Saturday, June 15, 2013

When Not Gardening is a Sin Against Hope

In 2009 I began gardening in earnest. A new community garden opened up in my neighborhood that year, and I hopped on board and claimed my spot. I still remember the exact spring day when, with some trepidation, I first ripped up the ground and planted my first seeds. It was like I was ripping open my own soul.

Each year I've had fatalities. I've had critters come and devour baby plants. I've had disease kill things off. My own stupid mistakes killed some things. One year I allowed what I thought was an extremely fertile zucchini to strangle my broccoli and tomatoes. (It was morning glories. I felt completely dumb.)

I watched fellow gardeners in the community plot plant things and then abandon them. I felt like I was stealing, but sometimes I picked their stuff. But what I didn't pick literally rotted on the vine, and went to waste.

In 2010 my husband lost his job, and I was inspired to dig up the backyard and plant more. Then in 2011 I put in raised beds in our front yard. My kids alerted me to the fact that I was constantly talking about gardens.

And yet, I hated doing the hard work of it all. One year we had a very wet spring, and I made the mistake of tilling when it was muddy. Then it dried, and I had huge, hard clods. Just digging to plant seeds was incredibly tedious work. I was amazed that anything I planted grew at all. Sometimes I didn't water enough during drought; sometimes I let the weeds choke plants out, and sometimes things ripened too quickly and went bad before I could harvest.

Last summer we meant to have our backyard wall repaired, but it stayed just as broken as it was when we moved in. There had been another case of mistaken plant identity which had resulted in the yard being filled with pokeweed and burdock, and the man who was going to repair our wall (but never did) counseled me to leave all the weeds to help keep the soil in place. It was an ugly, chaotic mess. I looked at it every morning as I sat on my back porch to pray, sighing heavily at the work that would be involved in making it decent again.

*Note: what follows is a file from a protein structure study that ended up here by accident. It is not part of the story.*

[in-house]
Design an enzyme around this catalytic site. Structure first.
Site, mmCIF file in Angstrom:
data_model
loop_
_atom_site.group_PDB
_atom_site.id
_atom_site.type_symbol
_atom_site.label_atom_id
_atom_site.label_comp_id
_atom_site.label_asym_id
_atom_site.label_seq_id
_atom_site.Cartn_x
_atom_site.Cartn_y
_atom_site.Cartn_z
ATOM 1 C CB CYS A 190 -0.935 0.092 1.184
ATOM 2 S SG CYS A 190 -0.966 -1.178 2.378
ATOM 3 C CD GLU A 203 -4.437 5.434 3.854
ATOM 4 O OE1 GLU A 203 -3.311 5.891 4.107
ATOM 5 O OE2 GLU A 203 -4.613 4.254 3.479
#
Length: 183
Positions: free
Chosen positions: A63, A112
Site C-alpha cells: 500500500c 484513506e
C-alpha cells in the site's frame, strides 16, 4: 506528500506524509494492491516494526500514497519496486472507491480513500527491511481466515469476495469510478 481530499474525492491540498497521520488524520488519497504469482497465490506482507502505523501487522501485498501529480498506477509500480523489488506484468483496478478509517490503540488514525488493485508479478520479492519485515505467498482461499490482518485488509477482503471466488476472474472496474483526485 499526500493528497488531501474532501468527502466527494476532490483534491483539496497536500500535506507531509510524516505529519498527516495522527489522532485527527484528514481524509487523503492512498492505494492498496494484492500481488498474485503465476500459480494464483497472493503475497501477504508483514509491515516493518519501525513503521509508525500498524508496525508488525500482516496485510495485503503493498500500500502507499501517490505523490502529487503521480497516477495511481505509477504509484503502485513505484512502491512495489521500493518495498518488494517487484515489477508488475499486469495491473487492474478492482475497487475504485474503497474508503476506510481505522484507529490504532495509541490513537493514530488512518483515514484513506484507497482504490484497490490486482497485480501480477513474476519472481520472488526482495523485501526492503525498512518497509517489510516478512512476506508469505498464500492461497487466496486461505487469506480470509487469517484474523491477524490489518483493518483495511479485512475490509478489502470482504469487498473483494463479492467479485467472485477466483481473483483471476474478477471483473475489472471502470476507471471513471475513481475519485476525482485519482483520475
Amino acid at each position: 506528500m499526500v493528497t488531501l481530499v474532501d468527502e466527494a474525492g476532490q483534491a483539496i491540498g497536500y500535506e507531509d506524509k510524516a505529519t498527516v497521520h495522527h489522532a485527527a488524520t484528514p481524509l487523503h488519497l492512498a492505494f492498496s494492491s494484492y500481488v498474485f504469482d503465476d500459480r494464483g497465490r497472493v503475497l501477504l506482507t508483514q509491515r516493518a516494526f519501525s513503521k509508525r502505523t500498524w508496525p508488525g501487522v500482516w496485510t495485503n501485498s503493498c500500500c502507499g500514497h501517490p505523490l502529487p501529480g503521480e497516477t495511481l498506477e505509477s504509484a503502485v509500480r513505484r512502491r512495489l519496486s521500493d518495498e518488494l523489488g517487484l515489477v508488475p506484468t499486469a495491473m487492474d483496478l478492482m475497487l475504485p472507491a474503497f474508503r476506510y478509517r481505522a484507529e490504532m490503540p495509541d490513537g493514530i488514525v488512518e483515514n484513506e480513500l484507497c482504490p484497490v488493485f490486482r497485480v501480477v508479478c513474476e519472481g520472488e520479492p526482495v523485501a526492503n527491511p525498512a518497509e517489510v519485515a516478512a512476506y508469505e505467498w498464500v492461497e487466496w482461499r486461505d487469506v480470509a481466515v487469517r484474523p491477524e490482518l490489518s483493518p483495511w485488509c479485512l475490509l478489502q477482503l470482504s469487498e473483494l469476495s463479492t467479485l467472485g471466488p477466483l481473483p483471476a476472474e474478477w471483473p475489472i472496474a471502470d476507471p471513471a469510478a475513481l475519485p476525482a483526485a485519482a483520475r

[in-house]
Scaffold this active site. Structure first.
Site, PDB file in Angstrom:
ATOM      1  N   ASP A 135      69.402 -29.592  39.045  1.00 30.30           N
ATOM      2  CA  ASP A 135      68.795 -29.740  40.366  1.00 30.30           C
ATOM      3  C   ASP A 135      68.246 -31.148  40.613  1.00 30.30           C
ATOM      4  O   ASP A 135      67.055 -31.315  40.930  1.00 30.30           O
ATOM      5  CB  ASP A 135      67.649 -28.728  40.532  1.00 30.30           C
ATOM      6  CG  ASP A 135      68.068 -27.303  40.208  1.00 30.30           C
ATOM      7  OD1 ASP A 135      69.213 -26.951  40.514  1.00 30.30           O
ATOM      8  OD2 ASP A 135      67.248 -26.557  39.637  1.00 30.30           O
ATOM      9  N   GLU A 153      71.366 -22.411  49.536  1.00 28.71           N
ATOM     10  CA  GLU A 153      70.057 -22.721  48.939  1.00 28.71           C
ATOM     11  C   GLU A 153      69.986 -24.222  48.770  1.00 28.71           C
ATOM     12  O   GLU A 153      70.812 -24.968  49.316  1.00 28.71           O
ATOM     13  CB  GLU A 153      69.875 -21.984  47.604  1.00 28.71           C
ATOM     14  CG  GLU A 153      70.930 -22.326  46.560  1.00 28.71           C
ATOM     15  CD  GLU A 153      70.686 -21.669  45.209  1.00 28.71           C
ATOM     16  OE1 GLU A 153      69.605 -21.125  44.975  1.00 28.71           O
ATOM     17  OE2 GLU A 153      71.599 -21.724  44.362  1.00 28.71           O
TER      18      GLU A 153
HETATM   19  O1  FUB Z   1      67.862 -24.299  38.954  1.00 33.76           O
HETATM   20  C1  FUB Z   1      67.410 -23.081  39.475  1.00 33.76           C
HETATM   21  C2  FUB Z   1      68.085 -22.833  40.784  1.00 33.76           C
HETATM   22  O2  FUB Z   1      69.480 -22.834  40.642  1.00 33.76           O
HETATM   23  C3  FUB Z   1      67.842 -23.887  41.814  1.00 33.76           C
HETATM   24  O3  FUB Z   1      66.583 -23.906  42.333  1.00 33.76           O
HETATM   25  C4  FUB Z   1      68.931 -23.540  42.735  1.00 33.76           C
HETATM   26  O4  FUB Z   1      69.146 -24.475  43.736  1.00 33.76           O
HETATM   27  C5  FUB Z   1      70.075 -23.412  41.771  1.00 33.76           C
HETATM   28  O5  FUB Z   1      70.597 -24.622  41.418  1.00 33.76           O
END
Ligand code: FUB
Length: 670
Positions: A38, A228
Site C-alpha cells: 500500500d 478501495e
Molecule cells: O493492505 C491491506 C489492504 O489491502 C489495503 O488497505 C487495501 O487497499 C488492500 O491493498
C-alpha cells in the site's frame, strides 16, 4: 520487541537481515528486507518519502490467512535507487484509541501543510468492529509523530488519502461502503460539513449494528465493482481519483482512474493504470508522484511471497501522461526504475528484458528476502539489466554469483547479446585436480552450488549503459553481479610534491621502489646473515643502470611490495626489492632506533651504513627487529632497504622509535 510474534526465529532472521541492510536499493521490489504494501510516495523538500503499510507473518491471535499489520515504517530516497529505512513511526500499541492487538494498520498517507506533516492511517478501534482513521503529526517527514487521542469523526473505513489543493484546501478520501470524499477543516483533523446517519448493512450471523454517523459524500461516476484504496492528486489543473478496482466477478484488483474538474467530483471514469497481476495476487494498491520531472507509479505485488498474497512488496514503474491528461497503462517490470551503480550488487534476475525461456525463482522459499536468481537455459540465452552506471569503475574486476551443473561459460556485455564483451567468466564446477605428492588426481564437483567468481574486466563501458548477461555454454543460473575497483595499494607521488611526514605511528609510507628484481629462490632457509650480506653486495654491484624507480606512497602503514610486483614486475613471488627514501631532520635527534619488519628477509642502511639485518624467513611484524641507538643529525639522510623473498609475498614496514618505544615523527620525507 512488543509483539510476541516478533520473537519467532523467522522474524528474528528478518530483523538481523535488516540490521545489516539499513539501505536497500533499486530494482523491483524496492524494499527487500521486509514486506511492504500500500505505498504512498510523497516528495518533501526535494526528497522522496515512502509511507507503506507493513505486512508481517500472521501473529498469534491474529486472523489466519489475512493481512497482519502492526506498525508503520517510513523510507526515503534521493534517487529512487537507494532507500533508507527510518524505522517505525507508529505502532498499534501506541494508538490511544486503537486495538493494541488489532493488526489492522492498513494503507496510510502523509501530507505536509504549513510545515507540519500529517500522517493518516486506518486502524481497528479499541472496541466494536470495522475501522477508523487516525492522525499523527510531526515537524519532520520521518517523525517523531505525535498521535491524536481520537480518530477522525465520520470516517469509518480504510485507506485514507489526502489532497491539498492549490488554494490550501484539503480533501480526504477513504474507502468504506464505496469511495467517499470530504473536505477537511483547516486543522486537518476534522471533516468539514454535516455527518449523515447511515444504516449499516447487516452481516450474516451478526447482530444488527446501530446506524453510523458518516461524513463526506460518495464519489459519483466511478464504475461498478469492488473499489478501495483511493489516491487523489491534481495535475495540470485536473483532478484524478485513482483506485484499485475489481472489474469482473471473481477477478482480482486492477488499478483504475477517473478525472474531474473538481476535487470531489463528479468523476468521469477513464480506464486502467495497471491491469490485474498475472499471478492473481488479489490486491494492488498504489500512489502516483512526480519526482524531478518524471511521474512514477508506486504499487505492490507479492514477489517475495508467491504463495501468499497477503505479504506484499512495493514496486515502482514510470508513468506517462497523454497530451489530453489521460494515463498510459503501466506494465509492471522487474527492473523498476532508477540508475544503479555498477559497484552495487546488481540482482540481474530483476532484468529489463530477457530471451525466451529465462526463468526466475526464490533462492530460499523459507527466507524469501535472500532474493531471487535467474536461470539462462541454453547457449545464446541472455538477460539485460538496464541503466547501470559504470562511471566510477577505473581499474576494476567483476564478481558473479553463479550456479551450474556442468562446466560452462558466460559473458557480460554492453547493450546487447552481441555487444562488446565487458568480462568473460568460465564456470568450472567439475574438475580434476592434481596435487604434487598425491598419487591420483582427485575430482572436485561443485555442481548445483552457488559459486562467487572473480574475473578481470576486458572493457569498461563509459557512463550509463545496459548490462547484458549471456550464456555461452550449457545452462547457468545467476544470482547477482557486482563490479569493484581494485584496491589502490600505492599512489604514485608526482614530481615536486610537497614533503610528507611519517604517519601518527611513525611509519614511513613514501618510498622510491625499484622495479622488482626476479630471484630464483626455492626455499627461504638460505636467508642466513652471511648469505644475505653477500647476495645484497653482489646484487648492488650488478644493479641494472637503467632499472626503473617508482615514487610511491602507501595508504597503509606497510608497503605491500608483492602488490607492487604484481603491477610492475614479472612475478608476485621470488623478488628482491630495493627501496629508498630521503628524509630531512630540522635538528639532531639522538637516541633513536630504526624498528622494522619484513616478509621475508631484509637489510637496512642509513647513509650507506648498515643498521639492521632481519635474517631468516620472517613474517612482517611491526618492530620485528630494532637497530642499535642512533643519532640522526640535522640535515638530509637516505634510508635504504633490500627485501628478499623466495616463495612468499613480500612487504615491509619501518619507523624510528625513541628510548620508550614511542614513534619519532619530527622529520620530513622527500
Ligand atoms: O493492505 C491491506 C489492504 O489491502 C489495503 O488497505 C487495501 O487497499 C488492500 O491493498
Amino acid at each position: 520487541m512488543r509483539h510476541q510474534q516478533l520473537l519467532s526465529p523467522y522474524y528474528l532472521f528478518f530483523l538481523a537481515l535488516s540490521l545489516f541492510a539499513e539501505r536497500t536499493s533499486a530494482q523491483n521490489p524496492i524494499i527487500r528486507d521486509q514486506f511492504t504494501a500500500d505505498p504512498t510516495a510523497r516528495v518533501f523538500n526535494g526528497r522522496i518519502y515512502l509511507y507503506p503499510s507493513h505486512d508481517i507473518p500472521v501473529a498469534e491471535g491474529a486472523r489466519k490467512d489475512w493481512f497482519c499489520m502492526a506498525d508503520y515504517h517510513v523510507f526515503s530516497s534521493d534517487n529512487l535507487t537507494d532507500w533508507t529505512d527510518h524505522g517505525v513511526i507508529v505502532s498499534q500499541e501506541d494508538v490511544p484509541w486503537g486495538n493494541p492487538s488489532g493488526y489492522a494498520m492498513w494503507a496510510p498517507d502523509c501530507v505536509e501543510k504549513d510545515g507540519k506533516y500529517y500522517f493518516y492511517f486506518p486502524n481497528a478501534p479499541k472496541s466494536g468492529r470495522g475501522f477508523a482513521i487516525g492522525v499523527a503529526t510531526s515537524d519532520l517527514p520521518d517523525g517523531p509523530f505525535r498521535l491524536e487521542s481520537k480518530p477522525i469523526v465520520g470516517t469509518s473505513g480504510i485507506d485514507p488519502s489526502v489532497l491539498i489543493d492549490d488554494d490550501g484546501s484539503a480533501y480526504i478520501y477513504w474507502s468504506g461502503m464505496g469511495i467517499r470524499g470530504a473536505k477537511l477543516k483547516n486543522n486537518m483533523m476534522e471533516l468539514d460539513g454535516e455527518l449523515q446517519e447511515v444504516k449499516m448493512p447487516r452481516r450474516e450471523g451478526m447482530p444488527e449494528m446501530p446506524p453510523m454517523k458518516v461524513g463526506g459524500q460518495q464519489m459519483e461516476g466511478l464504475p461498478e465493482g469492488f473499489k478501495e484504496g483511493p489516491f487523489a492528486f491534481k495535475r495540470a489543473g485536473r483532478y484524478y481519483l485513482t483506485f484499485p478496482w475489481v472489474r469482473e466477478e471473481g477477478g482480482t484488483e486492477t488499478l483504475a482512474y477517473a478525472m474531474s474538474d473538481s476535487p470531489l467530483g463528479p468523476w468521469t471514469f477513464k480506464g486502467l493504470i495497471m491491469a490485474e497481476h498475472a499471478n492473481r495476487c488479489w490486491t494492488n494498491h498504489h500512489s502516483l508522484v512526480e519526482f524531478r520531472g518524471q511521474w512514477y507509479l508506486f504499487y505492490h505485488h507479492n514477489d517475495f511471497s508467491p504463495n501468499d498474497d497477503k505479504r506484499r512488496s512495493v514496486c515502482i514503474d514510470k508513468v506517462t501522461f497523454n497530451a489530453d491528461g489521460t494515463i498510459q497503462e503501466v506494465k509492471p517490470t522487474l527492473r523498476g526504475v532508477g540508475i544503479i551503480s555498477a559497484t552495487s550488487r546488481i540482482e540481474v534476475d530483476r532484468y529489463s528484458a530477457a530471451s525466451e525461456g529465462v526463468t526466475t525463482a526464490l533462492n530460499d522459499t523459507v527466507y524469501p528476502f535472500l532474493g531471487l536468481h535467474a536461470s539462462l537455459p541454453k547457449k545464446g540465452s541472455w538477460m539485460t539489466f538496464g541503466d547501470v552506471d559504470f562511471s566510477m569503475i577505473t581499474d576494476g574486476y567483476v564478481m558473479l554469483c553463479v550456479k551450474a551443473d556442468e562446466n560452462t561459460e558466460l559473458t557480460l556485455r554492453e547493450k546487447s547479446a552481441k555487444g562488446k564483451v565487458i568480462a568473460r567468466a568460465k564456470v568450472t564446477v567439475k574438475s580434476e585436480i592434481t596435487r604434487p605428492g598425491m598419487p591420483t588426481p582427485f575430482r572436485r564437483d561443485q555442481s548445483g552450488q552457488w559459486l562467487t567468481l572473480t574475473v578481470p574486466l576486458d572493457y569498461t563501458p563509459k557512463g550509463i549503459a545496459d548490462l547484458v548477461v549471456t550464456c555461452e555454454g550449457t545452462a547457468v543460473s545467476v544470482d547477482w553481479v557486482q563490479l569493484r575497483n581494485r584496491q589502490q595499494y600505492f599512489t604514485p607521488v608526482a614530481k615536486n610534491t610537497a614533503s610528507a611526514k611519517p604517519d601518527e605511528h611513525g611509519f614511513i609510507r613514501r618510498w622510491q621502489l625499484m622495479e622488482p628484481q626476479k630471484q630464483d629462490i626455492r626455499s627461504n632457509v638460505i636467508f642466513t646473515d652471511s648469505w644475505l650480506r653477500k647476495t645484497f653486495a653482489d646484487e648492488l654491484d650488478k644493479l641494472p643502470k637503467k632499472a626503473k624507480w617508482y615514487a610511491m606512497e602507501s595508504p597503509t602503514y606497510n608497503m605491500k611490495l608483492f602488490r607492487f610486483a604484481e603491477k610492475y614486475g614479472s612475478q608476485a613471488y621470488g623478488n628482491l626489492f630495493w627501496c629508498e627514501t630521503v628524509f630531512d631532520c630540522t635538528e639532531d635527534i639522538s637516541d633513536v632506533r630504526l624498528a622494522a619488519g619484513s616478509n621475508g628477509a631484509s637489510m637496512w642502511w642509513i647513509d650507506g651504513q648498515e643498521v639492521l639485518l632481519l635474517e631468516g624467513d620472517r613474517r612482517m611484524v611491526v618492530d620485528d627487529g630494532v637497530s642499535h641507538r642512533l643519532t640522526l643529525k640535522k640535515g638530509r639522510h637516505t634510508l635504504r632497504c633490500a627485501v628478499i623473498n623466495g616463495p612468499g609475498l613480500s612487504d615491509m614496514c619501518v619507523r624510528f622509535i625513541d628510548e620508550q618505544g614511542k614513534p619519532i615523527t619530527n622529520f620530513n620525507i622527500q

This year, we have a new wall. Our old pine trees are out, including their stumps, and I've dug and expanded a garden, planted sunflowers just above the wall, and tomato plants along it so that, in theory, folks could walk through the alley and help themselves to some. On our first warm day as winter ebbed away, I did some extremely hard work digging out deeply embedded weed roots. Today I found the recent rains made me able to pull other big weeds with hot-knife-through-butter ease.  I've rescued about 75 volunteer tomato plants that grew from last year's rot, as well as about 18 gourd plants, and liberally spread them all around our property and in the community garden. I hope the air around the house will smell of tomatoes in August.

Literally true, every word I've written. Also, metaphor.

That's why I couldn't just yank those volunteer plants out like weeds and toss them away. When new life begs your attention every time you turn around and the ground practically jumps into your shovel and the weeds leap into your hands, I think it is a serious sin against hope not to garden.

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